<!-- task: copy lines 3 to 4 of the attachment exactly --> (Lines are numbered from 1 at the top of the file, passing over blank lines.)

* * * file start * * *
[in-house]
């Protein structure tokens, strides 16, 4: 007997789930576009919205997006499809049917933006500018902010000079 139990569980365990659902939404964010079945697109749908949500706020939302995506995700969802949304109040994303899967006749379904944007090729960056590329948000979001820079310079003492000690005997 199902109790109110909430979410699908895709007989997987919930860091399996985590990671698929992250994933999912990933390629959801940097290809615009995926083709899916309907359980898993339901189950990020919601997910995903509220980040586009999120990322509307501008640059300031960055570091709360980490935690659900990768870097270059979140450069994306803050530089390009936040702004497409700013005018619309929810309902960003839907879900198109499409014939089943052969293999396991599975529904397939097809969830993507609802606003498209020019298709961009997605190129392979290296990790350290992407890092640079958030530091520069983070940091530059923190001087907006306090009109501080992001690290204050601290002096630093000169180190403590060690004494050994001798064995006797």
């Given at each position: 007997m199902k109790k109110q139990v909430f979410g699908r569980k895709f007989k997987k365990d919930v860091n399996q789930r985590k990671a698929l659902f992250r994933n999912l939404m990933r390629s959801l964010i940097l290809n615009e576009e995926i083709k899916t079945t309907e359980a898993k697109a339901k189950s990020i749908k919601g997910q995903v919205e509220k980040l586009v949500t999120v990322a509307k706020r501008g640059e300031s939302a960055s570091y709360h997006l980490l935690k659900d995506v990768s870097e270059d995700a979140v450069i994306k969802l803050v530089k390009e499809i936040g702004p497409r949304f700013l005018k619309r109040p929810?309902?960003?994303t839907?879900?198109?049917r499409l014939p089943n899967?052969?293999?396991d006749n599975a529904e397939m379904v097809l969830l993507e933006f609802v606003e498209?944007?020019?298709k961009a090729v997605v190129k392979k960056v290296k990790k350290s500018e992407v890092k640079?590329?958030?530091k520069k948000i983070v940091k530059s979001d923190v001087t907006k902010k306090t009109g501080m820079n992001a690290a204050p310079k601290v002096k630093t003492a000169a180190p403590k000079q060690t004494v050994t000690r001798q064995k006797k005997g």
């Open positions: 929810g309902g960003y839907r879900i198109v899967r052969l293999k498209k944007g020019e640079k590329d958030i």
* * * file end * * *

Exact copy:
């Given at each position: 007997m199902k109790k109110q139990v909430f979410g699908r569980k895709f007989k997987k365990d919930v860091n399996q789930r985590k990671a698929l659902f992250r994933n999912l939404m990933r390629s959801l964010i940097l290809n615009e576009e995926i083709k899916t079945t309907e359980a898993k697109a339901k189950s990020i749908k919601g997910q995903v919205e509220k980040l586009v949500t999120v990322a509307k706020r501008g640059e300031s939302a960055s570091y709360h997006l980490l935690k659900d995506v990768s870097e270059d995700a979140v450069i994306k969802l803050v530089k390009e499809i936040g702004p497409r949304f700013l005018k619309r109040p929810?309902?960003?994303t839907?879900?198109?049917r499409l014939p089943n899967?052969?293999?396991d006749n599975a529904e397939m379904v097809l969830l993507e933006f609802v606003e498209?944007?020019?298709k961009a090729v997605v190129k392979k960056v290296k990790k350290s500018e992407v890092k640079?590329?958030?530091k520069k948000i983070v940091k530059s979001d923190v001087t907006k902010k306090t009109g501080m820079n992001a690290a204050p310079k601290v002096k630093t003492a000169a180190p403590k000079q060690t004494v050994t000690r001798q064995k006797k005997g």
């Open positions: 929810g309902g960003y839907r879900i198109v899967r052969l293999k498209k944007g020019e640079k590329d958030i």